I pushed quantmod 0.4-4 to CRAN this weekend. It adds a getSymbols.yahooj function to pull stock data from Yahoo Finance Japan, and fixes issues in getOptionChain.yahoo and getSymbols.oanda. Changes to the Yahoo Finance and Oanda websites broke the getOptionChain.yahoo and getSymbols.oanda functions, respectively. I didn’t use getOptionChain.yahoo much, so I’m not certain I restored all the prior functionality. Let me know if there’s something I missed. I’d be glad to add a test case for that, or to add a test you’ve written.
The R Project has once again been selected as a mentoring organization for this year’s Google Summer of Code (GSoC). If you’re not familiar with GSoC, it’s a global program that offers students a stipend to write code for open source projects, under the direction of a mentor. Mentors get code written for their project, but no money. Students get something like a paid summer internship, with open-source contributions they can reference on their resume.
An updated version of quantmod has just been released on CRAN. This is my first submission as the new maintainer. The major change was removing the dependency on the now-archived Defaults package. End-users shouldn’t notice a difference, since I basically copied the necessary functionality from Defaults and added it to quantmod. There are also several bug fixes. A few worth noting are: getSplits adjustOHLC getSymbols (when adjust=TRUE) saveSymbols newTA findValleys
Call for Papers: R/Finance 2015: Applied Finance with R May 29 and 30, 2015 University of Illinois at Chicago The seventh annual R/Finance conference for applied finance using R will be held on May 29 and 30, 2015 in Chicago, IL, USA at the University of Illinois at Chicago. The conference will cover topics including portfolio management, time series analysis, advanced risk tools, high-performance computing, market microstructure, and econometrics. All will be discussed within the context of using R as a primary tool for financial risk management, portfolio construction, and trading.
It’s been more than a month since R/Finance 2014, and my job has finally slowed down enough to allow me to write down my thoughts (though I’m writing this over two days during my train to and from Chicago). The comments below are based on my personal experience. If I don’t comment on a seminar or presentation, it doesn’t mean I didn’t like it or it wasn’t good; it may have been over my head or I may have been distracted with my duties as a committee member.
This is a guest post by Ross Bennett. Ross is currently enrolled in the University of Washington Master of Science in Computational Finance & Risk Management program with an expected graduation date of December 2014. He worked on the PortfolioAnalytics package as part of the Google Summer of Code 2013 project and continues to work on the package as a Research Assistant at the University of Washington. His work on the package focused on implementing a portfolio specification to separate and modularize assets, constraints, and objectives.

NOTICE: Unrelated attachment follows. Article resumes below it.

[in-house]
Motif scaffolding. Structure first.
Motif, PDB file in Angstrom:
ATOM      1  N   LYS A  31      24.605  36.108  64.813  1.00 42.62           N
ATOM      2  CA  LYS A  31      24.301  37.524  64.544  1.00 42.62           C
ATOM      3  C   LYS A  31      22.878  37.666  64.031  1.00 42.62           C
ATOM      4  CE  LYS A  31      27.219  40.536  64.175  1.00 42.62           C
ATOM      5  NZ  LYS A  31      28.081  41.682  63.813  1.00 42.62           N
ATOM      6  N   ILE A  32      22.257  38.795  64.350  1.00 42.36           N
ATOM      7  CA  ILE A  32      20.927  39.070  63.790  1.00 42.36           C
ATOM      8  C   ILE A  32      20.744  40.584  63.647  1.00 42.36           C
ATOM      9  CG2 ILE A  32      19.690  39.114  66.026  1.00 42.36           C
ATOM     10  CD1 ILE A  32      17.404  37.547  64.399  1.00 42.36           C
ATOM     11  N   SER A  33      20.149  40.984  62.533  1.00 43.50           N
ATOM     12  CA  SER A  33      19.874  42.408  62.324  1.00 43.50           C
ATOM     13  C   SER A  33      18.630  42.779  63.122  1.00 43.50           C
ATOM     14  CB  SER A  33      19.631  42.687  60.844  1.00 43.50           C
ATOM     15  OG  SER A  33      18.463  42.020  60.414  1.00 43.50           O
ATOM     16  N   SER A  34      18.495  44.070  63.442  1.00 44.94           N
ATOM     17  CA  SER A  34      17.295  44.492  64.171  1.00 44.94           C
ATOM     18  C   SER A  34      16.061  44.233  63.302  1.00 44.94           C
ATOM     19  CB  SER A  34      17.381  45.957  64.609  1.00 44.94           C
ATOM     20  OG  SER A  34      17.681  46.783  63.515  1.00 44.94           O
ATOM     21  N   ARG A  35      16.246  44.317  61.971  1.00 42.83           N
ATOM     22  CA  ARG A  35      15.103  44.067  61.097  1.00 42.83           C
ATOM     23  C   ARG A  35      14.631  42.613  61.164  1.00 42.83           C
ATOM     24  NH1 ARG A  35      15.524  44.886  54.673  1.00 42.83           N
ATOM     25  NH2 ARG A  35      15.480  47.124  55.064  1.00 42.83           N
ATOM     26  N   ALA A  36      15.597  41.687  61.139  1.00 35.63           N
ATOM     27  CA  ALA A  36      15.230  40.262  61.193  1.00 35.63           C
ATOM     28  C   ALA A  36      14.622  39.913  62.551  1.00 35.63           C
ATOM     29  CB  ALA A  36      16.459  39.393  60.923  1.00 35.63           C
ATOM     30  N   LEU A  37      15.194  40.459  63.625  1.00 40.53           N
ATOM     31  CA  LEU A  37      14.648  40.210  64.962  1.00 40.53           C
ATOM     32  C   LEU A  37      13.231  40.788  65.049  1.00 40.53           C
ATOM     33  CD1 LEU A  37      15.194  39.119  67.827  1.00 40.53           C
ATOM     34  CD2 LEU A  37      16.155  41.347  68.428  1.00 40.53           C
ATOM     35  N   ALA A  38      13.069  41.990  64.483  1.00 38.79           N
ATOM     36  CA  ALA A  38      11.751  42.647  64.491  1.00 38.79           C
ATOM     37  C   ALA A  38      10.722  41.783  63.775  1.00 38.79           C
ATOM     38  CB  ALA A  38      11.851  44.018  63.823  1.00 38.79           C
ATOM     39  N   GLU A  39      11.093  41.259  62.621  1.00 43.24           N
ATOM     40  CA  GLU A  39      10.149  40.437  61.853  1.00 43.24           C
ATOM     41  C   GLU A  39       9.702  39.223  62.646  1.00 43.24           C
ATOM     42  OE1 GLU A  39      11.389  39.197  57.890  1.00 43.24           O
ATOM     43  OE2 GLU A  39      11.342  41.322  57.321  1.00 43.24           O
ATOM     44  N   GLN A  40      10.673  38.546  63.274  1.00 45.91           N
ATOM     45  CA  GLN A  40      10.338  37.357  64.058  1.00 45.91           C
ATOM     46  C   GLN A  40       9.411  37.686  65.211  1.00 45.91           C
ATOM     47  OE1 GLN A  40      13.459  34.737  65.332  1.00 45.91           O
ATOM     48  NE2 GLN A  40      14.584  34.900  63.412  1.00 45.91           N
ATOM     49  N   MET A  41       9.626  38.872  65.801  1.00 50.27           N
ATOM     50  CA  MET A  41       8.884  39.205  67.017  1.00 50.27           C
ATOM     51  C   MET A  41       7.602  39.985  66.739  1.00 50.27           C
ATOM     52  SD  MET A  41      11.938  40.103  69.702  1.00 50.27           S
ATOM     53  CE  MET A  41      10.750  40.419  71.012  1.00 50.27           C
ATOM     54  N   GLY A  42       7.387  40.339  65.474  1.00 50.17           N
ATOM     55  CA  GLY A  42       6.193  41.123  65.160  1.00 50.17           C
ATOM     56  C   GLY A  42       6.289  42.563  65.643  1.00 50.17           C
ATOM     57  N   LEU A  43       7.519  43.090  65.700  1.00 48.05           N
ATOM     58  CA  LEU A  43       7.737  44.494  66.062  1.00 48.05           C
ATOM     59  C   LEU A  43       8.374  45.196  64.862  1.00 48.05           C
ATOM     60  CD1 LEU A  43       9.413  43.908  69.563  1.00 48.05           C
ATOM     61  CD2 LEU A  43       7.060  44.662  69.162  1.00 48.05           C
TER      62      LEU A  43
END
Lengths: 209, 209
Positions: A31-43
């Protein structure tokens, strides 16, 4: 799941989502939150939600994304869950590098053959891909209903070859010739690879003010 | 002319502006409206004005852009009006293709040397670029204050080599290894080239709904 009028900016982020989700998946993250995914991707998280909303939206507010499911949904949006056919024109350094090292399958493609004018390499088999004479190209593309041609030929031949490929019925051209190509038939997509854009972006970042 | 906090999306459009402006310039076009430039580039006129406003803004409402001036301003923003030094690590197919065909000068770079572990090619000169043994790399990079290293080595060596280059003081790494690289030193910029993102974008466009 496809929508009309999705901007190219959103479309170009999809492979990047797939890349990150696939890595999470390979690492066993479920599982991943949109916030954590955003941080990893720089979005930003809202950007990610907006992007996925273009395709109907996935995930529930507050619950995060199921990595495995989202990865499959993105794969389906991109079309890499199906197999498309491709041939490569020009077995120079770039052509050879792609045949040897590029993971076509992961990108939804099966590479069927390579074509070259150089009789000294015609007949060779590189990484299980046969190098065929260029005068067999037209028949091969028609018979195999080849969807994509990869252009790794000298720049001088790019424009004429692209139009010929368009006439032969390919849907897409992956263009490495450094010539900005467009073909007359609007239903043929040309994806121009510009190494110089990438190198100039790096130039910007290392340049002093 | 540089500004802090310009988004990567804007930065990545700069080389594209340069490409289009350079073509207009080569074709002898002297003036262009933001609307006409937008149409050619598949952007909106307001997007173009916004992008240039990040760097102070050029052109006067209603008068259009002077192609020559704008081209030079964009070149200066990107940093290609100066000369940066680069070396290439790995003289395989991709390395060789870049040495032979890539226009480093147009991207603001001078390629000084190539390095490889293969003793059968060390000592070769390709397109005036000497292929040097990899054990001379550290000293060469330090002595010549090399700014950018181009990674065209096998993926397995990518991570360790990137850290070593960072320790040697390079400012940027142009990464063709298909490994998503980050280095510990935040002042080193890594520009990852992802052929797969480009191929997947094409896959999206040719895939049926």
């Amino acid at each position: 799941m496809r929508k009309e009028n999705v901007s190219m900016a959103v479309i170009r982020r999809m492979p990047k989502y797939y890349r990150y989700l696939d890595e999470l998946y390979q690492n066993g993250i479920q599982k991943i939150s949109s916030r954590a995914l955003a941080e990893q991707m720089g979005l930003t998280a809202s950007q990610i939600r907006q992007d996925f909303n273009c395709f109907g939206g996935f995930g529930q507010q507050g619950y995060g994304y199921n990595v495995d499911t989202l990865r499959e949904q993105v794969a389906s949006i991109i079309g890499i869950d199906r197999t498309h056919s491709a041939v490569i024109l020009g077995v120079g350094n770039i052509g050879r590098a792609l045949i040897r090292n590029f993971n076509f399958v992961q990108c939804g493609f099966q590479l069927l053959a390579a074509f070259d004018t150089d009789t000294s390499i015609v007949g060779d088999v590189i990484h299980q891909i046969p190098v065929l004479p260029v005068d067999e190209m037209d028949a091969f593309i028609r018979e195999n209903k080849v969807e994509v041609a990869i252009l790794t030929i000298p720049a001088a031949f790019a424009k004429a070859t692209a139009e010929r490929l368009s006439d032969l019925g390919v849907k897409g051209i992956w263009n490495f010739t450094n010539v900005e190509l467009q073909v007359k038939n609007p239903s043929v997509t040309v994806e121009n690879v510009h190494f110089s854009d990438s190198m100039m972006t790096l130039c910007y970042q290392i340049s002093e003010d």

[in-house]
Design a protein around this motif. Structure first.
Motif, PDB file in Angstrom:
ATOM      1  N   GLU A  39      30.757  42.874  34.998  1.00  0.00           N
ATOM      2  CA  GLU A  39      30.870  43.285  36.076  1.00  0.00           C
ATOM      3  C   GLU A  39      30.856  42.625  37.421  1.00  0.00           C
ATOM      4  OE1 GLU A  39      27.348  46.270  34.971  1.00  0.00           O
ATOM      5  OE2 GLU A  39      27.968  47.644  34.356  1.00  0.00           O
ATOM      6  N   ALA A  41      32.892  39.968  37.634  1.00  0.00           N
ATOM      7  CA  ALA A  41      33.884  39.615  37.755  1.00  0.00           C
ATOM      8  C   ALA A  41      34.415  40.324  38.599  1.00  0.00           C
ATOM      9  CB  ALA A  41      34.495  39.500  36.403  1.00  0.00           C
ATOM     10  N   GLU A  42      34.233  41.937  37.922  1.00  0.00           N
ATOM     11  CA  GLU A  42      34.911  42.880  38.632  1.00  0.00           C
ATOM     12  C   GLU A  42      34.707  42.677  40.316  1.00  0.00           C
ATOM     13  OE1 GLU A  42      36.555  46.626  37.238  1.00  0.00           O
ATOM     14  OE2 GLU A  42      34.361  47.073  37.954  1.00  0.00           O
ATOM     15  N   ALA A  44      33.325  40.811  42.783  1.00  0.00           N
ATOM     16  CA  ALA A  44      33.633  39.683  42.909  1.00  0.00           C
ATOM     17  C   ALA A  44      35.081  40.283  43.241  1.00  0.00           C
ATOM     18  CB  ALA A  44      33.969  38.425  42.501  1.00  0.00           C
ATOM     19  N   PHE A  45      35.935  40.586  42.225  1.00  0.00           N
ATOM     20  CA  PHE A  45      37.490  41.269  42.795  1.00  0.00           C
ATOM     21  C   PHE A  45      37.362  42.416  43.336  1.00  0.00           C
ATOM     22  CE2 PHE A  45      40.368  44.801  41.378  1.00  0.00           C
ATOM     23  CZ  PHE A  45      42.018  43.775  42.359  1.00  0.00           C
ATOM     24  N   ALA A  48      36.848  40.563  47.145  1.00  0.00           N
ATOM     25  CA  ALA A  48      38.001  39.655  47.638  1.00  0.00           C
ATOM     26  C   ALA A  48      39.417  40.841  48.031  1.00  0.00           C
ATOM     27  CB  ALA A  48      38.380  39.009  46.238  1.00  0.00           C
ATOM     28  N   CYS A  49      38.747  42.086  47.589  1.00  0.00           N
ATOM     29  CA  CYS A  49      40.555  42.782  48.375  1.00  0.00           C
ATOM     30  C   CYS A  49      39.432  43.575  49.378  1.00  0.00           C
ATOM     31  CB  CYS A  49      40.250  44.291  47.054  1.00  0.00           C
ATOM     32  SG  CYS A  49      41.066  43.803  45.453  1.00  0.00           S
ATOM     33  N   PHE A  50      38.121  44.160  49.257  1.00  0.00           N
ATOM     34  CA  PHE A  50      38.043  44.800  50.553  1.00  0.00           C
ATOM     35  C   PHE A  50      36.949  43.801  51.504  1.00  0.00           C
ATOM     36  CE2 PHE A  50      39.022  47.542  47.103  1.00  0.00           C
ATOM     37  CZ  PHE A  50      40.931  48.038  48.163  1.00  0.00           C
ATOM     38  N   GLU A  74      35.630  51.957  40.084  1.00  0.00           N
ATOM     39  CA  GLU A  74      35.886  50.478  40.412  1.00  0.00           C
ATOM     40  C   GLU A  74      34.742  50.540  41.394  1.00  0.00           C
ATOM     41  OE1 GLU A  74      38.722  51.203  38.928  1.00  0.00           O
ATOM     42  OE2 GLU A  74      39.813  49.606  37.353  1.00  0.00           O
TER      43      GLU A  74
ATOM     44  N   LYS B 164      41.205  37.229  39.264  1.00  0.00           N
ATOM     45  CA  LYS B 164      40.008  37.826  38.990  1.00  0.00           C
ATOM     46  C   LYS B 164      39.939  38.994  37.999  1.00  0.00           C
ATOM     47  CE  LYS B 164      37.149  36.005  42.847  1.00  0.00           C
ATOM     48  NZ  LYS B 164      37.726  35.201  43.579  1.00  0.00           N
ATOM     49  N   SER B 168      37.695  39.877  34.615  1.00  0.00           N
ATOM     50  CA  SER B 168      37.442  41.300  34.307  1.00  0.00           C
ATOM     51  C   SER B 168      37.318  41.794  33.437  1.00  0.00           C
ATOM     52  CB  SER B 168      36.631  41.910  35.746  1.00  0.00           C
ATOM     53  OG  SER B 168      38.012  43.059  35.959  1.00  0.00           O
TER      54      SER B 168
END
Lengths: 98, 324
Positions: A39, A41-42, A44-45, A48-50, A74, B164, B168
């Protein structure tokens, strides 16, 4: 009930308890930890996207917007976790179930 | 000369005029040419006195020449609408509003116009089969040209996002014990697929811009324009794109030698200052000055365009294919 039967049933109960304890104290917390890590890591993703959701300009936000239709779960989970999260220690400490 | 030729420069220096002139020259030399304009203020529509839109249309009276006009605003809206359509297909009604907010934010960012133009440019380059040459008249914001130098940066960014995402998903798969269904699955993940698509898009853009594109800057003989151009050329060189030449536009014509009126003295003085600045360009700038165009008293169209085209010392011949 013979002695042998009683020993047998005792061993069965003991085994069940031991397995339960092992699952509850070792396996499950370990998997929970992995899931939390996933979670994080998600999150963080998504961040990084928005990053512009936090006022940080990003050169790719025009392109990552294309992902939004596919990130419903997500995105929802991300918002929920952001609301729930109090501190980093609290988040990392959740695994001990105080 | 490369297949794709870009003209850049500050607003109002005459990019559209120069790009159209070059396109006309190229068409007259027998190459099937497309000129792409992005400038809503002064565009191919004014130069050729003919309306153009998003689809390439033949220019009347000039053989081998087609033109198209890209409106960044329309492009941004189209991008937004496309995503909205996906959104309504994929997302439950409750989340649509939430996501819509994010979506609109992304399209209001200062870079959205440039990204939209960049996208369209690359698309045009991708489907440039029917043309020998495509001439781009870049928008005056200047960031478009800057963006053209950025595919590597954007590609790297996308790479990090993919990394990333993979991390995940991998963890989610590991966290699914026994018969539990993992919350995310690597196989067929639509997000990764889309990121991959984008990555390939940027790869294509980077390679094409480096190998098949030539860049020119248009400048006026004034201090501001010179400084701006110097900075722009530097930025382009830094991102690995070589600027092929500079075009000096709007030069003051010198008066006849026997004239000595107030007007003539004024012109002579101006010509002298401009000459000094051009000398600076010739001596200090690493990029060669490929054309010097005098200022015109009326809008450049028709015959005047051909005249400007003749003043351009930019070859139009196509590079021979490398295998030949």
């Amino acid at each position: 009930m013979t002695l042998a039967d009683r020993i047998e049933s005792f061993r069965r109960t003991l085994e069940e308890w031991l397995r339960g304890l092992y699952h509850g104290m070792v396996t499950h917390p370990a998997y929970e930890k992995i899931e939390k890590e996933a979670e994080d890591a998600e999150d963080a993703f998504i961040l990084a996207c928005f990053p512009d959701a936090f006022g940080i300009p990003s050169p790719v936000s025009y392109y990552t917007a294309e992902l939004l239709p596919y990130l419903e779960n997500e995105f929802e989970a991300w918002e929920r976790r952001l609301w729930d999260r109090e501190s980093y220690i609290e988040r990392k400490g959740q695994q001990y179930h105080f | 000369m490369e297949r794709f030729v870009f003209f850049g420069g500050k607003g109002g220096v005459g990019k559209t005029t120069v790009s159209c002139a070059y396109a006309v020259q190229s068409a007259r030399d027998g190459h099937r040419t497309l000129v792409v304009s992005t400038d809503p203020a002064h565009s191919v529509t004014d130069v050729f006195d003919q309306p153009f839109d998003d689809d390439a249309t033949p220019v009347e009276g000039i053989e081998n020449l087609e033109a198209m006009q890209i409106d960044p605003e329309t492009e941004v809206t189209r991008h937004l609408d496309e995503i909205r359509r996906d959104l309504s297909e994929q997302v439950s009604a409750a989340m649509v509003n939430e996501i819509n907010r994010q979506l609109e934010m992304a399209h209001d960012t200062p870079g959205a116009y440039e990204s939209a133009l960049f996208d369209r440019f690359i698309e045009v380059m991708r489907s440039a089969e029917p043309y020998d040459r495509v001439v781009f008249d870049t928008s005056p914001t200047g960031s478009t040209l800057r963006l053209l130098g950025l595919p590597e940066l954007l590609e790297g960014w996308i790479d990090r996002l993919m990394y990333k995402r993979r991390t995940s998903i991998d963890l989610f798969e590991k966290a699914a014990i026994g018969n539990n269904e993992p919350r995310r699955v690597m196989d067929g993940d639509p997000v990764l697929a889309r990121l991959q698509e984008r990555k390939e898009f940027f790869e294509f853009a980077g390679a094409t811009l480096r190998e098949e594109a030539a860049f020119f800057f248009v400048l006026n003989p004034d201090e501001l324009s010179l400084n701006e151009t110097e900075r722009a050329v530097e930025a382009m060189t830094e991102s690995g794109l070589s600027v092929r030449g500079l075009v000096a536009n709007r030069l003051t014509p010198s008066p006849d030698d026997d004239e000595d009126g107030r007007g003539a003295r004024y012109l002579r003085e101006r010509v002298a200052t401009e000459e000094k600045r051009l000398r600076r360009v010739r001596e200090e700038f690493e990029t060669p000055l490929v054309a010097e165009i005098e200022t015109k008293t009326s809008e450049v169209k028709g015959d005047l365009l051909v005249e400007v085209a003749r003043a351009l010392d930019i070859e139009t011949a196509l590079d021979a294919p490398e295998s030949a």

As announced on the R-SIG-Finance mailing list, registration for R/Finance 2014 is now open! The conference will take place May 17 and 18 in Chicago. Building on the success of the previous conferences in 2009-2013, we expect more than 250 attendees from around the world. R users from industry, academia, and government will joining 30+ presenters covering all areas of finance with R. We are very excited about the four keynote presentations given by Bob McDonald, Bill Cleveland, Alexios Ghalanos, and Luke Tierney.
The complaint I hear most frequently about quantstrat is that it’s slow, especially for large data. Some of this slow performance is due to quantstrat treating all strategies as path-dependent by default. Path dependence requires rules to be re-evaluated for each timestamp with a signal. More signals equates to longer run-times. If your strategy is not path-dependent, you can get a fairly substantial performance improvement by turning path-dependence off. If your strategy truly is path-dependent, keep reading…
We’re getting ready for this year’s R/Finance conference. Here’s the call for papers. I hope to see you there! R/Finance 2014: Applied Finance with R May 16 and 17, 2014 University of Illinois at Chicago The sixth annual R/Finance conference for applied finance using R will be held on May 16 and 17, 2014 in Chicago, IL, USA at the University of Illinois at Chicago. The conference will cover topics including portfolio management, time series analysis, advanced risk tools, high-performance computing, market microstructure, and econometrics.
It’s been one week since the 5th Annual R/Finance conference, and I finally feel sufficiently recovered enough to share my thoughts. The conference is a two-day whirlwind of applied quantitative finance, fantastic networking, and general geekery. The comments below are based on my personal experience. If I don’t comment on a seminar or presentation, it doesn’t mean I didn’t like it or it wasn’t good; it may have been over my head or I may have been distracted with my duties as a committee member.